Mayor Bloomberg Lobbies Republican Senators in Support of 9/11 Health Care Bill

By Ben Fractenberg on November 16, 2010 4:37pm | Updated on November 16, 2010 5:19pm

Mayor Michael Bloomberg and a New York delegation in DC on Tuesday.
Mayor Michael Bloomberg and a New York delegation in DC on Tuesday.
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AP Photo/Alex Brandon

By Ben Fractenberg and Jordan Heller

DNAinfo Staff

MANHATTAN — Mayor Michael Bloomberg traveled to Washington Tuesday in an effort to save the James Zadroga 9/11 Health and Compensation Act from a Republican filibuster.

The measure, which has passed the House and is currently awaiting passage in the Senate, would provide more than $7 billion in aid to first responders and other rescue workers sickened by exposure to toxic dust at the site of the attacks on the World Trade Center.

But some Republicans think the bill too costly and, unless two Republican senators are persuaded to vote for it, the process would start from scratch and have an uphill climb in the new Congress.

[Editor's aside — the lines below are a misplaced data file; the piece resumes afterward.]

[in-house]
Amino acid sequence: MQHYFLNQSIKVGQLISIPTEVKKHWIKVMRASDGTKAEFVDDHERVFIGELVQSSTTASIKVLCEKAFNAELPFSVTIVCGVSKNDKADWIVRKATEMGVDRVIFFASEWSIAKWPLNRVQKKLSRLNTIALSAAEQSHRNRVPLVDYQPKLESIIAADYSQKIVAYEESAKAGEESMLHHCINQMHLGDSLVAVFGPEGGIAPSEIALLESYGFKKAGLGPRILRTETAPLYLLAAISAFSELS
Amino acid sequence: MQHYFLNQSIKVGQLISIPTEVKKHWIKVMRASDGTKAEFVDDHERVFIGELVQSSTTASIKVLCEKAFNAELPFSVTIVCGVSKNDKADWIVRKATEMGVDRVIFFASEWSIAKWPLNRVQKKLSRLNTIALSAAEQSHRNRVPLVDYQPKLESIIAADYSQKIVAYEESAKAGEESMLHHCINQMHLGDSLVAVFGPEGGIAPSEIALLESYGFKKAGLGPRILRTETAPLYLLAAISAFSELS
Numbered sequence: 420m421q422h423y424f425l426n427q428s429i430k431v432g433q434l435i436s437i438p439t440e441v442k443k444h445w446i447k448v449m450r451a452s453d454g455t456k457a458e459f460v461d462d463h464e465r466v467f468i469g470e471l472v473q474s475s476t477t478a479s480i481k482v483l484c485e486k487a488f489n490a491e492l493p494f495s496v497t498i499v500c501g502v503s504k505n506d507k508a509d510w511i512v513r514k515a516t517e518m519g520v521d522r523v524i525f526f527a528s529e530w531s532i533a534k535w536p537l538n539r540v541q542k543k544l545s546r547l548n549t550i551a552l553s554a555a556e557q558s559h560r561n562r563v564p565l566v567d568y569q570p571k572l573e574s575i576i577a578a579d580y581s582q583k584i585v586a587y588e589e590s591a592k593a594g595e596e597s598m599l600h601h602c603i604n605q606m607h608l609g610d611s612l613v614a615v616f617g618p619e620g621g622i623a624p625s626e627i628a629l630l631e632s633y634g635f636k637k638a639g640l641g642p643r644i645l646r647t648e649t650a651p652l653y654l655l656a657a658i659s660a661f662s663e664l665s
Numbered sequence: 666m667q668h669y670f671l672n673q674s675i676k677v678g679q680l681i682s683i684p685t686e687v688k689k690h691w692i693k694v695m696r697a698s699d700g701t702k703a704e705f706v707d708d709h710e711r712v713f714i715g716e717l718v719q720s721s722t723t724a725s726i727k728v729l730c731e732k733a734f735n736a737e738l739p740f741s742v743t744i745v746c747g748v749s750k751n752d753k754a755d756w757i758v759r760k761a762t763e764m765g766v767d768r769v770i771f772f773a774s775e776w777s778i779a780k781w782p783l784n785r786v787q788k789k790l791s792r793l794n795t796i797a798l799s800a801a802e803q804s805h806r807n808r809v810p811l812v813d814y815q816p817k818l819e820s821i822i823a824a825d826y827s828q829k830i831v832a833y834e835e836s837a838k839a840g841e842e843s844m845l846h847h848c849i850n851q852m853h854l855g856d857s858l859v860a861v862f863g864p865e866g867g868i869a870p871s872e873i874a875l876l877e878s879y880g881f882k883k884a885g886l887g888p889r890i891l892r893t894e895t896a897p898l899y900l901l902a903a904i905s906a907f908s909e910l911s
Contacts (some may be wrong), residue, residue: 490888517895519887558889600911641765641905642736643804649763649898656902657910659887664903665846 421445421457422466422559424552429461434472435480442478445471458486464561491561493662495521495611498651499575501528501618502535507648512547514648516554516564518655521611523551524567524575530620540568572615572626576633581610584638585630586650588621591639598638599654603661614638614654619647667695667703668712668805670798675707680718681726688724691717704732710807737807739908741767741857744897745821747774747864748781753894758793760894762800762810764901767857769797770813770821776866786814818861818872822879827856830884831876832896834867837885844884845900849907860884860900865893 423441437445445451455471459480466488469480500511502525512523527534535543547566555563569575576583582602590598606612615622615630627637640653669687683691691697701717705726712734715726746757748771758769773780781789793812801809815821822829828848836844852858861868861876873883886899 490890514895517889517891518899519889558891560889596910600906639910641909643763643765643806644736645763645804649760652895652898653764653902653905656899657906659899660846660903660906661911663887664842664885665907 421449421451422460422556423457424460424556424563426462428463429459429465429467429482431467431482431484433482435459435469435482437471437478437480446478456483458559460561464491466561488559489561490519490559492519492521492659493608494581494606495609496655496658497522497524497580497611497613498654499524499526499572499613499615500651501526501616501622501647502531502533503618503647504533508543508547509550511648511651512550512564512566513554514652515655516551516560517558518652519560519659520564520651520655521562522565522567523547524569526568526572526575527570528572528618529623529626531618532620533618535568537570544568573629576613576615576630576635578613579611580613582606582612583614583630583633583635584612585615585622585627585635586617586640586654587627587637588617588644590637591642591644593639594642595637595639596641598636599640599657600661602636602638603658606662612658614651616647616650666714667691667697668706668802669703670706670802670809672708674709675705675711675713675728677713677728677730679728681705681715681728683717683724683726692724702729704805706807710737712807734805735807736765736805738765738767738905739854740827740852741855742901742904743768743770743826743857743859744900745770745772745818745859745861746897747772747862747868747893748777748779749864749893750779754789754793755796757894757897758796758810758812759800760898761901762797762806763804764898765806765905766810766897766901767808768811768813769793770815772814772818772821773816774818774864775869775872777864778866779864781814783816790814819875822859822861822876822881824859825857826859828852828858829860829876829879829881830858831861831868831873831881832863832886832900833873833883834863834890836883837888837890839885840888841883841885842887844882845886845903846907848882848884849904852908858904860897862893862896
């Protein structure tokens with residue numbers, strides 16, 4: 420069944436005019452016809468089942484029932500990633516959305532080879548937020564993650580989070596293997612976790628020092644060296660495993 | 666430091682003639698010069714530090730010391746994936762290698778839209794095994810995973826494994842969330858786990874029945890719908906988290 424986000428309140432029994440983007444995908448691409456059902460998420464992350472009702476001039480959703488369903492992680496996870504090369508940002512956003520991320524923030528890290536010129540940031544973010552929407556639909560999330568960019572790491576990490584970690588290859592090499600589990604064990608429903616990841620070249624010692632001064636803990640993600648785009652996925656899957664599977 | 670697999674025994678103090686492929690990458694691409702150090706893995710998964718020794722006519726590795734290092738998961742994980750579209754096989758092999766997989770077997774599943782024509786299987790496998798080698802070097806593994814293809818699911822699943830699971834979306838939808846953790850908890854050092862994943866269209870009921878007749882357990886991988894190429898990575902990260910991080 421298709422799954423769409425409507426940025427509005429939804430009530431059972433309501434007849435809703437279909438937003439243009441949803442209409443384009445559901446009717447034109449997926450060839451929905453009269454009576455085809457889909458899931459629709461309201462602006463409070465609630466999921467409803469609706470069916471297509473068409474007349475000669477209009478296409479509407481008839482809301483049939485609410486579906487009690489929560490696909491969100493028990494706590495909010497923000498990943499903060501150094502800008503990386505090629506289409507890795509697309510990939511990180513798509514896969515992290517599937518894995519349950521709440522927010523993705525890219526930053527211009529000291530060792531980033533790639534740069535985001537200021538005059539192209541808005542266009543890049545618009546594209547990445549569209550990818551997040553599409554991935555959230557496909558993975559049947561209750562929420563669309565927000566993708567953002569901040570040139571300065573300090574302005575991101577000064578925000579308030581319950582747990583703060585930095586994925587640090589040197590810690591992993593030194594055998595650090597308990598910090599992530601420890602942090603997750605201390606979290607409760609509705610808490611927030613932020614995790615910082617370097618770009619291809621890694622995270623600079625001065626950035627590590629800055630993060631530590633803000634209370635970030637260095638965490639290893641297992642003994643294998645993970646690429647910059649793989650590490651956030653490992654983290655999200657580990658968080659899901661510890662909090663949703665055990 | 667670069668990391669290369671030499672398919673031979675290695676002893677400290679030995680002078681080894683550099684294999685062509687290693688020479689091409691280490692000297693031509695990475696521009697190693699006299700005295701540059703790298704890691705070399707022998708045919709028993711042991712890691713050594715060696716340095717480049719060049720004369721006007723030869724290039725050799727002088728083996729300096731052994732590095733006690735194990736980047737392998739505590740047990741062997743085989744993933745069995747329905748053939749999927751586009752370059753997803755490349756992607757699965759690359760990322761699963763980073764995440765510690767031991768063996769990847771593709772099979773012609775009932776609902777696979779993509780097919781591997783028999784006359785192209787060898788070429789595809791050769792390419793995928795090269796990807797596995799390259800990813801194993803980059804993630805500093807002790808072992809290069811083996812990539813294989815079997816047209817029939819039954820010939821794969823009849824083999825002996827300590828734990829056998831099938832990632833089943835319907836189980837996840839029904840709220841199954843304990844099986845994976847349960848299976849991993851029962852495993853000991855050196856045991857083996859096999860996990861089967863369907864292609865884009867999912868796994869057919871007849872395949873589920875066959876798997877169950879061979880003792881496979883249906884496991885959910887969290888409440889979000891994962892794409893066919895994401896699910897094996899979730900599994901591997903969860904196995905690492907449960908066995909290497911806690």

To that end, Bloomberg met with Republican senators Susan Collins, Scott Brown and John McCain, and Republican Senator-elect Mark Kirk on Tuesday.

"I've said it privately to some senators I've already met with today, I'm saying it publicly here," Bloomberg said at a press conference on Capitol Hill Tuesday.

"Until the Senate passes a 9/11 Health bill, the future of all these critical programs — and the lives of many of our most patriotic citizens — remain in jeopardy," he said.

The mayor's remarks come despite the fact that the city has invested $124 million in legal fees in an attempt to fight lawsuits from the emergency workers and construction workers sickened after spending time on the smoldering rubble at Ground Zero, according to reports.

Sen. Charles Schumer said supporters are still short of passing the bill.

"We don’t have the votes that we need right now, but we are working hard to get them," said Schumer. "We are very close."

Democrats are hoping to pass the legislation before the end of the lame-duck session, when their majority in the Senate drops from 59 to 53 and they lose control of the House.

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